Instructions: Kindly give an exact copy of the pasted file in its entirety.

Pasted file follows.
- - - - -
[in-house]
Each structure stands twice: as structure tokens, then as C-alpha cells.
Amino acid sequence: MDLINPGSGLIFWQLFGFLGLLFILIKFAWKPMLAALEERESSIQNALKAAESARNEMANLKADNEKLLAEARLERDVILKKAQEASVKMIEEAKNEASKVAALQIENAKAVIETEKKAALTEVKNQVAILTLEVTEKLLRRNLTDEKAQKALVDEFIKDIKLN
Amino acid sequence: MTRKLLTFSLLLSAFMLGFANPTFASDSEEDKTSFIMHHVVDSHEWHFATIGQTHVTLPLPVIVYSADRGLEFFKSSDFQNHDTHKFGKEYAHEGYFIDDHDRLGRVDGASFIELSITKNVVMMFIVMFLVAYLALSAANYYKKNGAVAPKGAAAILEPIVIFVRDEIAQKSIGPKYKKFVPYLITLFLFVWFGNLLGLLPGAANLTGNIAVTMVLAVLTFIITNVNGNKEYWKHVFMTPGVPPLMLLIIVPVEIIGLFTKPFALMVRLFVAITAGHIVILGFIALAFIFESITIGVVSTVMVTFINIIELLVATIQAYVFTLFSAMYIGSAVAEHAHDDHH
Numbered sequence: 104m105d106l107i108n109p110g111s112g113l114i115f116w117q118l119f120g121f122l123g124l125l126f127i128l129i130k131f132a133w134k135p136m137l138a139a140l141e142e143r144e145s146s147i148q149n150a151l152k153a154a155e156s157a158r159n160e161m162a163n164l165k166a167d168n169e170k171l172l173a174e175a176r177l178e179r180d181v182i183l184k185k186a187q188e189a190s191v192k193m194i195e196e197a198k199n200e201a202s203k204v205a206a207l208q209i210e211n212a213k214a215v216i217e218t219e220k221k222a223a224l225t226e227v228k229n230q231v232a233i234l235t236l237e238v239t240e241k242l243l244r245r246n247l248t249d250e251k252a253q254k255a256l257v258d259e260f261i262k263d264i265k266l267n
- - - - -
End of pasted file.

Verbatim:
[in-house]
Each structure stands twice: as structure tokens, then as C-alpha cells.
Amino acid sequence: MDLINPGSGLIFWQLFGFLGLLFILIKFAWKPMLAALEERESSIQNALKAAESARNEMANLKADNEKLLAEARLERDVILKKAQEASVKMIEEAKNEASKVAALQIENAKAVIETEKKAALTEVKNQVAILTLEVTEKLLRRNLTDEKAQKALVDEFIKDIKLN
Amino acid sequence: MTRKLLTFSLLLSAFMLGFANPTFASDSEEDKTSFIMHHVVDSHEWHFATIGQTHVTLPLPVIVYSADRGLEFFKSSDFQNHDTHKFGKEYAHEGYFIDDHDRLGRVDGASFIELSITKNVVMMFIVMFLVAYLALSAANYYKKNGAVAPKGAAAILEPIVIFVRDEIAQKSIGPKYKKFVPYLITLFLFVWFGNLLGLLPGAANLTGNIAVTMVLAVLTFIITNVNGNKEYWKHVFMTPGVPPLMLLIIVPVEIIGLFTKPFALMVRLFVAITAGHIVILGFIALAFIFESITIGVVSTVMVTFINIIELLVATIQAYVFTLFSAMYIGSAVAEHAHDDHH
Numbered sequence: 104m105d106l107i108n109p110g111s112g113l114i115f116w117q118l119f120g121f122l123g124l125l126f127i128l129i130k131f132a133w134k135p136m137l138a139a140l141e142e143r144e145s146s147i148q149n150a151l152k153a154a155e156s157a158r159n160e161m162a163n164l165k166a167d168n169e170k171l172l173a174e175a176r177l178e179r180d181v182i183l184k185k186a187q188e189a190s191v192k193m194i195e196e197a198k199n200e201a202s203k204v205a206a207l208q209i210e211n212a213k214a215v216i217e218t219e220k221k222a223a224l225t226e227v228k229n230q231v232a233i234l235t236l237e238v239t240e241k242l243l244r245r246n247l248t249d250e251k252a253q254k255a256l257v258d259e260f261i262k263d264i265k266l267n